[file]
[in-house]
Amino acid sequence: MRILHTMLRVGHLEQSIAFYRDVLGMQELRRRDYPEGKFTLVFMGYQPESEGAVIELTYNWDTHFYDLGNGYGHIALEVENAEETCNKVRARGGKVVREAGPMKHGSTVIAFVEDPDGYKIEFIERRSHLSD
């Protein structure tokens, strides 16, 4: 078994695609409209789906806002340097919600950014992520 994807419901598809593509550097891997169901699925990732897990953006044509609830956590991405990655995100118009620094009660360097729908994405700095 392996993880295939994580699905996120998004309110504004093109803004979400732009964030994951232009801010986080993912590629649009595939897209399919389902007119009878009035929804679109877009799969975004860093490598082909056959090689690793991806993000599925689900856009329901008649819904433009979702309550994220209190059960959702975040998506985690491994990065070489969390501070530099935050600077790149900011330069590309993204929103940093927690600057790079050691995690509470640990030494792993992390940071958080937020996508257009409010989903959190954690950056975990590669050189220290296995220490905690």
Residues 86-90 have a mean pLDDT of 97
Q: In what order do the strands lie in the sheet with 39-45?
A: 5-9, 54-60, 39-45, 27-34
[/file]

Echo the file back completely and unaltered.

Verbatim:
[in-house]
Amino acid sequence: MRILHTMLRVGHLEQSIAFYRDVLGMQELRRRDYPEGKFTLVFMGYQPESEGAVIELTYNWDTHFYDLGNGYGHIALEVENAEETCNKVRARGGKVVREAGPMKHGSTVIAFVEDPDGYKIEFIERRSHLSD
């Protein structure tokens, strides 16, 4: 078994695609409209789906806002340097919600950014992520 994807419901598809593509550097891997169901699925990732897990953006044509609830956590991405990655995100118009620094009660360097729908994405700095 392996993880295939994580699905996120998004309110504004093109803004979400732009964030994951232009801010986080993912590629649009595939897209399919389902007119009878009035929804679109877009799969975004860093490598082909056959090689690793991806993000599925689900856009329901008649819904433009979702309550994220209190059960959702975040998506985690491994990065070489969390501070530099935050600077790149900011330069590309993204929103940093927690600057790079050691995690509470640990030494792993992390940071958080937020996508257009409010989903959190954690950056975990590669050189220290296995220490905690």
Residues 86-90 have a mean pLDDT of 97
Q: In what order do the strands lie in the sheet with 39-45?
A: 5-9, 54-60, 39-45, 27-34